World Chocolate Day: 5 Weird and Unexpected Uses of Cocoa

It’s World Chocolate Day!

Yes, the ice caps are melting. Yes, Europe is at war again.

But for today, let’s celebrate the simple things. Chocolate.

Whether you like it as a dark, bitter bite or a creamy milk drink, chocolate has devotees the world over.

Today’s global treat was first created from the cocoa bean in the early days of Mesoamerican civilization.

The origin site of the cocoa tree, one of the earliest examples of the use of chocolate, is that of the pre-Olmecs who fermented the beans and drank them as early as 1750 BC.

Since then it has become one of the most popular flavors in the world. Today, the industry is worth nearly $50 billion worldwide.

To celebrate World Chocolate Day, here are five cool ways to use chocolate.

Power race cars

In 2009, a team of researchers from University of Warwick outfitted a Formula 3 racing car to run on chocolate.

The fuel used by the car is made from a combination of chocolate waste and vegetable oil.

That’s not all, the team also made the car’s body out of potatoes and made a steering wheel derived from carrots.

The car was perfectly suited to the strict sporting regulations of Formula 3, which meant that the car could easily reach speeds of 200 km/h around the corners.

For your teeth?

Forget what you’ve been told, chocolate is, in fact, good for your teeth. Well, not all chocolate exactly.

Some studies have shown that cocoa fights tooth decay better than fluoride, the ingredient in toothpaste.

The reason is that plain dark chocolate is a good source of polyphenols, which can limit oral bacteria. These neutral chemicals can also prevent you from having bad breath and prevent bacteria from turning sugar into acids, which damage your teeth.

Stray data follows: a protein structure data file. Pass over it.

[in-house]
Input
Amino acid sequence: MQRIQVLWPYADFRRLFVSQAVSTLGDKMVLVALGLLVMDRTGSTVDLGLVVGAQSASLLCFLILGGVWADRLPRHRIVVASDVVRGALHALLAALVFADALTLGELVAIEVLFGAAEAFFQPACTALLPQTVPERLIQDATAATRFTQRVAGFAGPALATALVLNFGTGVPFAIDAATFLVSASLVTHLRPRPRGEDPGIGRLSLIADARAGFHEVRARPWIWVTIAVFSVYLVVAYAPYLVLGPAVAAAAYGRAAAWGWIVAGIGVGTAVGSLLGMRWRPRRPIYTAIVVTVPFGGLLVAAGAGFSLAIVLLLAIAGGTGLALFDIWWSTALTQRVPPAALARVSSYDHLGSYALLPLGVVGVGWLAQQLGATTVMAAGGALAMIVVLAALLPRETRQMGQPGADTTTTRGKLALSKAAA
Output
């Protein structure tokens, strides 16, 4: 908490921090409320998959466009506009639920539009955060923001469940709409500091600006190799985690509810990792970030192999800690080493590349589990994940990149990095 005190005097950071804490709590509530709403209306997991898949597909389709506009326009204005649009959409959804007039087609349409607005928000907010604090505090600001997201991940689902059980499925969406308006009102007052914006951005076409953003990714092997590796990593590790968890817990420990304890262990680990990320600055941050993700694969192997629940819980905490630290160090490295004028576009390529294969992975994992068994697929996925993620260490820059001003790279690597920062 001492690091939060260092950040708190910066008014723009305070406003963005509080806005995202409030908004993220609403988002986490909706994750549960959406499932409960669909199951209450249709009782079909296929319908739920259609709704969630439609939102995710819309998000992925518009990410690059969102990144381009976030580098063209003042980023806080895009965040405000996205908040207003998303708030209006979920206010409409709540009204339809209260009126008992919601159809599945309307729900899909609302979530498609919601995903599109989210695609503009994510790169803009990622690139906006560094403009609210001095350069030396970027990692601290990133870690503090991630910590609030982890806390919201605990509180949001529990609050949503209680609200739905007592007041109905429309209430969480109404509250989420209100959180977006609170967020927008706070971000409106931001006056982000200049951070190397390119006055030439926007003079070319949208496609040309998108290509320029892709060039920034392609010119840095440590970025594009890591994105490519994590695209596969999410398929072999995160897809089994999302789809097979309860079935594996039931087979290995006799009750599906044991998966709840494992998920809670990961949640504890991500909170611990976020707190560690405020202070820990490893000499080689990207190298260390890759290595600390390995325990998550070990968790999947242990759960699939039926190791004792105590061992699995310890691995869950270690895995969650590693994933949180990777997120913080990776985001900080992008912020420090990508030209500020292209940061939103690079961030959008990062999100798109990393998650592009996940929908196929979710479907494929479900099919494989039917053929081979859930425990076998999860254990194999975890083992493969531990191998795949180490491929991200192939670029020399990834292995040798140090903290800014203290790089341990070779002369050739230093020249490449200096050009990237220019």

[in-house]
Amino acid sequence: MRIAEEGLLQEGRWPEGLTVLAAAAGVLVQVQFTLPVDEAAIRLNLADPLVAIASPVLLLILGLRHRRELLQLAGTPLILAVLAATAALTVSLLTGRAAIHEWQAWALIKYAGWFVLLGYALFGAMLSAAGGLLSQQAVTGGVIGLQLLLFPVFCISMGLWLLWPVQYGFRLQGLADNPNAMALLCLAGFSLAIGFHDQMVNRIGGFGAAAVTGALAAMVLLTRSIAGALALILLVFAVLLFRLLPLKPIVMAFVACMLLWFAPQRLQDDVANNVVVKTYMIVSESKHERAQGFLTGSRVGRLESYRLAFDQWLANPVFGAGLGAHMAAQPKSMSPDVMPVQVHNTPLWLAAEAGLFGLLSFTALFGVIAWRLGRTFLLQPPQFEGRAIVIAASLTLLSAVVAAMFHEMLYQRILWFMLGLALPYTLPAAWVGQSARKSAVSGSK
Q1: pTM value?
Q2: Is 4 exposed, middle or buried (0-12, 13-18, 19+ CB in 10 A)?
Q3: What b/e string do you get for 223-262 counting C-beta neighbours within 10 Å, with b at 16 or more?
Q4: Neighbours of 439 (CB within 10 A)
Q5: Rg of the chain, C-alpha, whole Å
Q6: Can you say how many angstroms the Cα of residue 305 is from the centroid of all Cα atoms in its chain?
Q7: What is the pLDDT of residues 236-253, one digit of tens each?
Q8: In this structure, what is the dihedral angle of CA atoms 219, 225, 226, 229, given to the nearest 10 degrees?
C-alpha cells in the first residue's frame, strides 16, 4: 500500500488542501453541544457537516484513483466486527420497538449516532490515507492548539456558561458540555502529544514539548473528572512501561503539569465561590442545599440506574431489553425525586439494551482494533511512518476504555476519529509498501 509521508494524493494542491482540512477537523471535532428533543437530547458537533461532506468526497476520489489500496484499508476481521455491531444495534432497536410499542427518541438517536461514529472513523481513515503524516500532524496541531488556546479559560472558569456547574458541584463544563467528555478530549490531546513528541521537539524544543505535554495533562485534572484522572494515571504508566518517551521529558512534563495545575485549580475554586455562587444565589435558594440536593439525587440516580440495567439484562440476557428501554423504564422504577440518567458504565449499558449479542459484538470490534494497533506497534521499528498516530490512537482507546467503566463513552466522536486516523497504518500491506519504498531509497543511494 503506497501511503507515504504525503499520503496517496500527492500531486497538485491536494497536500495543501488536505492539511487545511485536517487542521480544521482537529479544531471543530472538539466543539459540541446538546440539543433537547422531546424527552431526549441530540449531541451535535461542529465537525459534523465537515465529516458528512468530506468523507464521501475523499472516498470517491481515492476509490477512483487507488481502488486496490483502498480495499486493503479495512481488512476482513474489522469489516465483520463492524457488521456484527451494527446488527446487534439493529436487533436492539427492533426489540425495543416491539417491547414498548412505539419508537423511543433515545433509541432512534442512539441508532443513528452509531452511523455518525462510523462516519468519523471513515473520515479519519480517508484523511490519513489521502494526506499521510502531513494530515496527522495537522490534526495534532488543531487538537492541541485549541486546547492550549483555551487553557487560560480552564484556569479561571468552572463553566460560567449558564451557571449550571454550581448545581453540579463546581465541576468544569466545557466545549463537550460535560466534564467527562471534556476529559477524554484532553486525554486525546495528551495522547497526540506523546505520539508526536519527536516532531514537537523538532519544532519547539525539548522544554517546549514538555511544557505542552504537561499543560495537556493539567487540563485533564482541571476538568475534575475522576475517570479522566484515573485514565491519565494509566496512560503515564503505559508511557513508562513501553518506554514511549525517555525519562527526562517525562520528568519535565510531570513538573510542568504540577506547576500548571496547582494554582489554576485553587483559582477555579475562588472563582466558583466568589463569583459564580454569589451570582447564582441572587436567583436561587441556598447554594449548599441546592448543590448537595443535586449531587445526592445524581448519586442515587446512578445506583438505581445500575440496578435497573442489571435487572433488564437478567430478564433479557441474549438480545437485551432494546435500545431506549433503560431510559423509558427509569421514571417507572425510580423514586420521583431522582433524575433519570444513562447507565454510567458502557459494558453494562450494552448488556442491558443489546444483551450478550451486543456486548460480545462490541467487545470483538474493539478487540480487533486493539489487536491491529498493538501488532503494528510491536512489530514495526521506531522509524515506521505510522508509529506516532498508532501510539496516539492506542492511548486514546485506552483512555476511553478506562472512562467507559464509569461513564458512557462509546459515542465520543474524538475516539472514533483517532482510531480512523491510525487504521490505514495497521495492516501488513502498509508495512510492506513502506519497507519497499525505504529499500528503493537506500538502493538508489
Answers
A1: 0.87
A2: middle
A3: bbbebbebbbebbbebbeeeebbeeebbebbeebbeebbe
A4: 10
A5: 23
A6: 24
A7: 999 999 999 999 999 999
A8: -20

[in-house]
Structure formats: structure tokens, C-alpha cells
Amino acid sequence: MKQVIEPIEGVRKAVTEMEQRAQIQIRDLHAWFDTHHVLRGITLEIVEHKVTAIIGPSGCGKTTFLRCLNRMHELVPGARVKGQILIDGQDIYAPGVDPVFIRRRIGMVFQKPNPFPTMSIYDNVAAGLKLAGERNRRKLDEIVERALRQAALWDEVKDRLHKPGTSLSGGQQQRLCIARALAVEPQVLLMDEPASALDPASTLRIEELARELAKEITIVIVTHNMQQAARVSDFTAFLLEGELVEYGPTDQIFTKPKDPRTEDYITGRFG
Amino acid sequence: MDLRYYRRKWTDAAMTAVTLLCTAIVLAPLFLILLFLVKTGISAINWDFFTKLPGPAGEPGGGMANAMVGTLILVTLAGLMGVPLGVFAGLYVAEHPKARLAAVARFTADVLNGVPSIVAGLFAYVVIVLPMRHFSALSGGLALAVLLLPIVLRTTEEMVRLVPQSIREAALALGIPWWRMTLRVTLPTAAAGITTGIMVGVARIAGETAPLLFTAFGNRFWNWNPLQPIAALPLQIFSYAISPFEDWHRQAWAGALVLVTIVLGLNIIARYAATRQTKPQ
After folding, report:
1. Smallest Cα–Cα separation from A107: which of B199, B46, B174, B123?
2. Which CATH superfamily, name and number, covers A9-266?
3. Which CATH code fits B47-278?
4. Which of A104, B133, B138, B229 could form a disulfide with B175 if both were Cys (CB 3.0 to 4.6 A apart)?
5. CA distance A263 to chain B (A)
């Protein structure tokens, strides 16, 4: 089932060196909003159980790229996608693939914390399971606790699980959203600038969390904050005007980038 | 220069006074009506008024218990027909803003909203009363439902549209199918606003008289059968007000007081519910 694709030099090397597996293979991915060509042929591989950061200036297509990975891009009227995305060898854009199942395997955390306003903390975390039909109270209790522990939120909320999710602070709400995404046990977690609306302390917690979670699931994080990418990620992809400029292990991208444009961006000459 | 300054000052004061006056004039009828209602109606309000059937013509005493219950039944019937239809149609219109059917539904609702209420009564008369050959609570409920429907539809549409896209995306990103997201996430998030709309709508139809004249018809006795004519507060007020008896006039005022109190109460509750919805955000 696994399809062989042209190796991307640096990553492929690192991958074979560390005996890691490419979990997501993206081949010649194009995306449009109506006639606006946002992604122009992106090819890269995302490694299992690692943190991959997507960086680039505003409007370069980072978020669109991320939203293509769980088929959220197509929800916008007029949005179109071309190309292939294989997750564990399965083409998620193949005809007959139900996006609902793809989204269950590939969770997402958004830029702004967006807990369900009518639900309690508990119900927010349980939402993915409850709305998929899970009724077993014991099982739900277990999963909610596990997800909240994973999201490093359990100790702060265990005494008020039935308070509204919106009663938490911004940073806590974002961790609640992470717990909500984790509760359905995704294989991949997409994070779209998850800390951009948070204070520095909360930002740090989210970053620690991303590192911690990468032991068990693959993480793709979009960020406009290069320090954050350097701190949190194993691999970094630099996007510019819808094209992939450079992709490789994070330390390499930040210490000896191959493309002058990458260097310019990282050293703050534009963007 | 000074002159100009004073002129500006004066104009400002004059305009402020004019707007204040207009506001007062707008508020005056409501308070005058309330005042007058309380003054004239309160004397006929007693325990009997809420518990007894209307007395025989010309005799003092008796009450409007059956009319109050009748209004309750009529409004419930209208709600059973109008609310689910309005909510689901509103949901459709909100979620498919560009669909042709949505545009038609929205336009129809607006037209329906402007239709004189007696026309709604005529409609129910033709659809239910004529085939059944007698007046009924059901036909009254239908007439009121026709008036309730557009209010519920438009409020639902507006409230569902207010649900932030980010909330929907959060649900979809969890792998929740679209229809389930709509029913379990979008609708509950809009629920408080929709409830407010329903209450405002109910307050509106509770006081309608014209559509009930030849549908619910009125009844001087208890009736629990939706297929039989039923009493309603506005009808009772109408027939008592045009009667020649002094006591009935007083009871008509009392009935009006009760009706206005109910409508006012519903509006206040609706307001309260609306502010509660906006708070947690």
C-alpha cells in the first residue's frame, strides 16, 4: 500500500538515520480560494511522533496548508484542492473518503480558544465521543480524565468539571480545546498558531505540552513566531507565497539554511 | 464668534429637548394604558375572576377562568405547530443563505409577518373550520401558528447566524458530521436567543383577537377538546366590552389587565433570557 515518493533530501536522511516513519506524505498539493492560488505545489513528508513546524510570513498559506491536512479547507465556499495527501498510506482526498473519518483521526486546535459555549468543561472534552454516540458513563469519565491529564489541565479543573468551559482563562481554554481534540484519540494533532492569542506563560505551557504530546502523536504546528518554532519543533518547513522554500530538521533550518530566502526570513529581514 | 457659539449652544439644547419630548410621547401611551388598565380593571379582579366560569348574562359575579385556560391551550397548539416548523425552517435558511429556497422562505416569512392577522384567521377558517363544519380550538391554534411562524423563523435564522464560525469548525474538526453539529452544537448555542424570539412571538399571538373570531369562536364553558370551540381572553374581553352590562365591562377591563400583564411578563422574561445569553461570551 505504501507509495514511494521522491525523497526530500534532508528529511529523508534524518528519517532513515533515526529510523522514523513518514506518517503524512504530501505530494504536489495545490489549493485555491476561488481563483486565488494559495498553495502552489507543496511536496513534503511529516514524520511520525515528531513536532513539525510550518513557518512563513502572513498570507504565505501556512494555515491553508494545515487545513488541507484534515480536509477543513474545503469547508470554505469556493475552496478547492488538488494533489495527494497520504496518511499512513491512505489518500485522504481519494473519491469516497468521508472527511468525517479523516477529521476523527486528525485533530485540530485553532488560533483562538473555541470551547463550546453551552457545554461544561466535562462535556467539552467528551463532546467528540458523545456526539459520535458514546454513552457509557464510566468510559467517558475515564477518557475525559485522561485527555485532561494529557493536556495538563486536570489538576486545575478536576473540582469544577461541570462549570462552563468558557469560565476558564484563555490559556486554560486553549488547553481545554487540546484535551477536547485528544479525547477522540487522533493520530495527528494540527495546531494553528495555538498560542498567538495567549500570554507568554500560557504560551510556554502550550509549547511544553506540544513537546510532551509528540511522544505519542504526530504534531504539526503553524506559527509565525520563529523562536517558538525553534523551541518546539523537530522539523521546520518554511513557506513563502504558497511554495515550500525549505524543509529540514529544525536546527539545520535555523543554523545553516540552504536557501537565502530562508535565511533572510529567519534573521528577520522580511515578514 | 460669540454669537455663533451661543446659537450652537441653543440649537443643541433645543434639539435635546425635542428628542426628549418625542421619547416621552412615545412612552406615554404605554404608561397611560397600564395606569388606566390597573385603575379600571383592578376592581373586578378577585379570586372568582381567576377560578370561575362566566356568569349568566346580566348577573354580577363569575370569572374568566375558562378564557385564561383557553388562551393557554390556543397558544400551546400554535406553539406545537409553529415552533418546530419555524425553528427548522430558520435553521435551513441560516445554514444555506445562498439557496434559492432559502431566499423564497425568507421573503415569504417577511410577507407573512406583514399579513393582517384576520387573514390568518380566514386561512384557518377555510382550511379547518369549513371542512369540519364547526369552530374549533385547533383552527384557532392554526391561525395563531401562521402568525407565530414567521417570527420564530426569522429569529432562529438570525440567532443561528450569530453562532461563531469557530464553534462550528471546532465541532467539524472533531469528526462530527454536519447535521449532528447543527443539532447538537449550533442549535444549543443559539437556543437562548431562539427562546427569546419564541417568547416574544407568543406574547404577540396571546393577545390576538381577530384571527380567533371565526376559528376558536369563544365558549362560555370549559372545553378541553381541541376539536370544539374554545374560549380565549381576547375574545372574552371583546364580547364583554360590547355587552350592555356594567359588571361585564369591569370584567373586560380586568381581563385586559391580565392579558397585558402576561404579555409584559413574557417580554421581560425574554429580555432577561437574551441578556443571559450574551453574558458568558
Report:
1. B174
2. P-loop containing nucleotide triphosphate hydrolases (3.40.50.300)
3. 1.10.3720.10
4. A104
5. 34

However, even dark chocolate contains sugar, which carries its own health risks, so consume it in moderation.

like money

No, we’re not talking about those little bags of foil-covered chocolate coins that appear during the holiday season. It seems that the ancient Mayan civilization used chocolate as currency.

The archaeologist Joanne Baron found evidence that as early as the 7th century CE, the Maya used chocolate to pay themselves.

Prior to this, much of civilization would have been run by one-time barter, but Baron posits that the Maya began to use chocolate as a widely accepted mode of payment.

In a pyramid mural from Guatemala, a woman offers a bowl of steaming hot chocolate in exchange for dough.

To make you smarter

Research has shown that people who eat chocolate at least once a week perform better in all areas of brain skills, including counting, abstract thinking, and visuospatial and working memory.

The theory is that the flavonoids in chocolate act as a vasodilator which improves our blood circulation. The benefit of this is to improve your circulation, which ultimately helps your brain function at peak power.

For fake blood

So this one won’t be as useful as the uses of chocolate for brain training or fuel replacement, but it’s still good to know that you can fake a death scene with the help of a bit of cocoa.

For the black-and-white classic, Psycho, Alfred Hitchcock apparently used chocolate syrup because it had the right consistency for blood.

It was also used in the iconic 60s horror film Night of the Living Dead and Scorsese’s boxing film Raging Bull.